Chef Simon Gault hates being called a "celebrity", but he's using his fame to help Kiwis improve their health.
The former Master Chef New Zealand judge, along with 40 other people with metabolic conditions such as obesity, pre-diabetes and Type 2 diabetes, will participate in a free 12-week health programme called DOT Aotearoa Project.
Gault was diagnosed with Type 2 diabetes several years ago and will work with medical professionals and health coaches to change his eating, sleeping and exercise habits. An app called BioScore will track the changes to his health.
Gault would not put a number on how much weight he wanted to lose, saying the programme was about improving his health rather than slimming down.
Gault told the Herald on Sunday he wanted to be a "guinea pig" to show people they could improve their health by making simple lifestyle changes.
"[I've] sort of ended up with the status 'celebrity', which I absolutely hate because I never set out as a chef to be a celebrity or be on television. However, being lumped with that hideous term, if there's something I can do to help New Zealand, that's what's motivating me.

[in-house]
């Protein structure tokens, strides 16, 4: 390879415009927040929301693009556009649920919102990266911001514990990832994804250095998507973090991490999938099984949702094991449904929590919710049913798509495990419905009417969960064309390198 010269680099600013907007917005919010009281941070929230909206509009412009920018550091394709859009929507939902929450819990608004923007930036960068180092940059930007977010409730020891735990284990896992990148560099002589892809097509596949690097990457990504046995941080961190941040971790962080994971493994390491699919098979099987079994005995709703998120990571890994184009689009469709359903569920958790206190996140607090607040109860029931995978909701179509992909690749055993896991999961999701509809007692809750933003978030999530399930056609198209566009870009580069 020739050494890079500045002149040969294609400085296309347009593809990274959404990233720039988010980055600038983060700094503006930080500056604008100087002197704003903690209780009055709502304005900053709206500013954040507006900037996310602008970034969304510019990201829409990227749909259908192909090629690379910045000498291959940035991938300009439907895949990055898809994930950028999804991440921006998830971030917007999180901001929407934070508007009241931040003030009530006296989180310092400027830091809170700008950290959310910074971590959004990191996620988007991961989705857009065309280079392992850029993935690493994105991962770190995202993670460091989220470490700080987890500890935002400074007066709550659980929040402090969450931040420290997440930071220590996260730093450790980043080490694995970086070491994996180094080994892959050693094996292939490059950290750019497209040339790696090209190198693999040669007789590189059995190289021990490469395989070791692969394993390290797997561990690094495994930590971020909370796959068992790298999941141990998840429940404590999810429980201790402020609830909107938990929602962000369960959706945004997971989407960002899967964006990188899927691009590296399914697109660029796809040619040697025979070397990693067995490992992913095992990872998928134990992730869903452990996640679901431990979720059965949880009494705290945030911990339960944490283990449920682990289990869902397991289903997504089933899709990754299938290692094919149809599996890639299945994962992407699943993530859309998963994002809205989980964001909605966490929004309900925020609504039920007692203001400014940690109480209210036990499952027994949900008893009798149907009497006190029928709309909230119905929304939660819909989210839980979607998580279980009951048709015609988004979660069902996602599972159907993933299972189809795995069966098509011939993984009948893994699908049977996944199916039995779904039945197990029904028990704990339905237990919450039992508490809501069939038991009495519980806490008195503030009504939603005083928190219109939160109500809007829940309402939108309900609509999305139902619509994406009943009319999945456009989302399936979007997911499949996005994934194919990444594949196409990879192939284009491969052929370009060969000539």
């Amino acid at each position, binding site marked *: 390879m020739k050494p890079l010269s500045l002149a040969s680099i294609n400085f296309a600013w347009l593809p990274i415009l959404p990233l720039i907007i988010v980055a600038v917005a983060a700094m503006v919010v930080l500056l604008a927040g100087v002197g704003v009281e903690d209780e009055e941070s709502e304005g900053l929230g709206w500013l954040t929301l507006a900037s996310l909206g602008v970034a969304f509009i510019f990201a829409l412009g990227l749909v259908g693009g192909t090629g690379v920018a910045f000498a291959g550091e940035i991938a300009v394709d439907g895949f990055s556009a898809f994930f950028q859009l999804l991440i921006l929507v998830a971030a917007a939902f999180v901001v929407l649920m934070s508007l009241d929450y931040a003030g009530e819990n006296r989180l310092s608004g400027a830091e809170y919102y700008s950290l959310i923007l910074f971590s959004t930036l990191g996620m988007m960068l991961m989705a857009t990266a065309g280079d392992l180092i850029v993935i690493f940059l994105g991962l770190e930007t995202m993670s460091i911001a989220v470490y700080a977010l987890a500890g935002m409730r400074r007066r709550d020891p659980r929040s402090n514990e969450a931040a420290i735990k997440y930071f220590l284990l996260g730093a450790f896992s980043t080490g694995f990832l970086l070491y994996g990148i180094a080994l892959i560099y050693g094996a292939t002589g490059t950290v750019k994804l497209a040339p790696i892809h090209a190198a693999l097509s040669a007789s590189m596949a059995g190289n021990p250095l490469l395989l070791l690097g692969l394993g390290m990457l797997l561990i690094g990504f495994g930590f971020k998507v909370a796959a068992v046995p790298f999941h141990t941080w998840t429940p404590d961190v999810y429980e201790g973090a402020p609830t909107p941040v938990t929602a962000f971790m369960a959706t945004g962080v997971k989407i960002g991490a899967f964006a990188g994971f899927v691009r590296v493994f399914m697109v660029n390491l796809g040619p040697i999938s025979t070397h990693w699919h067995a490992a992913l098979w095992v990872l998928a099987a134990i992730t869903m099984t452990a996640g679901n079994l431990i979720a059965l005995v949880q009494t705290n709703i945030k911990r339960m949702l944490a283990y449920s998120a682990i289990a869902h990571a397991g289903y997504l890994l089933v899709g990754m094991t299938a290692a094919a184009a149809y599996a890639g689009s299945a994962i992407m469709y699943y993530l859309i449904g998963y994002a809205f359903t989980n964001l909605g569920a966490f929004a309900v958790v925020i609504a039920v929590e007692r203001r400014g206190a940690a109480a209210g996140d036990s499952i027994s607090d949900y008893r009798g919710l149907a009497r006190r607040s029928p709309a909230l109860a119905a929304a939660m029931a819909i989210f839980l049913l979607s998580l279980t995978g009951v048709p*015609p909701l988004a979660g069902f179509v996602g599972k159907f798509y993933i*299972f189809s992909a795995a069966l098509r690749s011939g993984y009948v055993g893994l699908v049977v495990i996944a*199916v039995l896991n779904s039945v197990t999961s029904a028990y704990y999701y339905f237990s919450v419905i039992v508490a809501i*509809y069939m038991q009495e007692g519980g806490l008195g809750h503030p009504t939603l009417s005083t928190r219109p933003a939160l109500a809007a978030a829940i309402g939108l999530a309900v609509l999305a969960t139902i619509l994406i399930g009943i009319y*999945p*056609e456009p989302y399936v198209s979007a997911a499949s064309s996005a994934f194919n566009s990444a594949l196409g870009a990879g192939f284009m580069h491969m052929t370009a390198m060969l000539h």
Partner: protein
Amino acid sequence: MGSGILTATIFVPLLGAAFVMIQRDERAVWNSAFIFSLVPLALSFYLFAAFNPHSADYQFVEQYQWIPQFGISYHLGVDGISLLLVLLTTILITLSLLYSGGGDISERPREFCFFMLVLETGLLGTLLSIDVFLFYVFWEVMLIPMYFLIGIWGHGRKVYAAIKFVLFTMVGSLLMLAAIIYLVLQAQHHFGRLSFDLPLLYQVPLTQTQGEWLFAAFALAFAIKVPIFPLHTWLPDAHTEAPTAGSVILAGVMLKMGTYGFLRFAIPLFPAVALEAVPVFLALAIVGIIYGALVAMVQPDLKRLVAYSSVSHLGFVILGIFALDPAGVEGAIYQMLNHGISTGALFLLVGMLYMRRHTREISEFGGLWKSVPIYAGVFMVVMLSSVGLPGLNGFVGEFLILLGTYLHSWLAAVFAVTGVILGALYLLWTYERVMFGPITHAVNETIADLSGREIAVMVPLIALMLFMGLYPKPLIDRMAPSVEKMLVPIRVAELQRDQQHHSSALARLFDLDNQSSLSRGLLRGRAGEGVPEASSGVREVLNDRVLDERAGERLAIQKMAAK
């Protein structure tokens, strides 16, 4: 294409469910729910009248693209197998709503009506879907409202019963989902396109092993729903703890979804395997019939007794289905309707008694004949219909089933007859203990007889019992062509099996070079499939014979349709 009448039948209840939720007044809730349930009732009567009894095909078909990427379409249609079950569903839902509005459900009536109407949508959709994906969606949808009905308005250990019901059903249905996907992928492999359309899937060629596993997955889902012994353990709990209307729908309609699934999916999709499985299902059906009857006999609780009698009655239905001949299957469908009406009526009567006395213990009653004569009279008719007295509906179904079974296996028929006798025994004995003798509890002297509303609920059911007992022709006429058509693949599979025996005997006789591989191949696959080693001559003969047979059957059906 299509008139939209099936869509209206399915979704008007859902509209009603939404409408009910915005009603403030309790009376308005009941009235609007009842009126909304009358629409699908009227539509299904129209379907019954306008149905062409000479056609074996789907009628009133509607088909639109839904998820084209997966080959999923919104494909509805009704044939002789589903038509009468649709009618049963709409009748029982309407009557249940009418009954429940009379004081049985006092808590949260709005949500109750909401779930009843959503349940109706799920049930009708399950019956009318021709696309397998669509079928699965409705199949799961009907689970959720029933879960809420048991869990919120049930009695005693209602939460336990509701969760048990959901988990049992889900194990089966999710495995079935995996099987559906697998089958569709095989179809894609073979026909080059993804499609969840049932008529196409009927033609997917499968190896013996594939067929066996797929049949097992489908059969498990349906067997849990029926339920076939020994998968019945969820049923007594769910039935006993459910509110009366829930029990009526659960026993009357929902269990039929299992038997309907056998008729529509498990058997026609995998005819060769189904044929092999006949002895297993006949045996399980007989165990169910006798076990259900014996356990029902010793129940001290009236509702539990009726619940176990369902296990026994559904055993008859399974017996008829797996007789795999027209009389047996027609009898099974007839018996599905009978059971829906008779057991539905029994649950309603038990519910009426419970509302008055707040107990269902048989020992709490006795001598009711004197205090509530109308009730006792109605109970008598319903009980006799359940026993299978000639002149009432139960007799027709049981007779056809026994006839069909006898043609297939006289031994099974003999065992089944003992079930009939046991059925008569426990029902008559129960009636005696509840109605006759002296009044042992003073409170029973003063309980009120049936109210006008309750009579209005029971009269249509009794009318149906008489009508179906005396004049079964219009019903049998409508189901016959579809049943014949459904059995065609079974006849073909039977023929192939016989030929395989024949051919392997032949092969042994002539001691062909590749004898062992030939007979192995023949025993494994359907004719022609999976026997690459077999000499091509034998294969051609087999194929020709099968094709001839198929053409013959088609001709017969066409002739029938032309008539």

"Do I like exposing myself for everyone to know about my health? No I don't. But it actually can make a difference and help people. Visually people can see if I've lost a lot of weight. People can see I've kept that weight off."
Nearly one in three New Zealanders aged 15 or older is obese and about 300,000 people have Type 2 diabetes, according to the Ministry of Health.
DOT Aotearoa Project founder Jay Harrison, who has a degree in sports science, came up with the idea after helping his mum, who was pre-diabetic, lose 15kg by making changes to her lifestyle.
He was inspired by Virta Health, a San Francisco health start-up that claims to have helped 6000 patients diagnosed with Type 2 diabetes reverse the disease without medications or surgery.
Broadcaster Damian Christie will document Gault's progress through the DOT Aotearoa Project in a series of videos.
Project organisers are particularly keen to attract Maori and Pacific Island participants as well as people from lower socioeconomic backgrounds as these groups are overrepresented in obesity and diabetes statistics, but anyone with a metabolic condition can apply.
The programme is funded by the Ted and Mollie Carr Endowment Trust and estate of Ernest Hyam Davis.
• To apply go to: www.myrecal.com/apply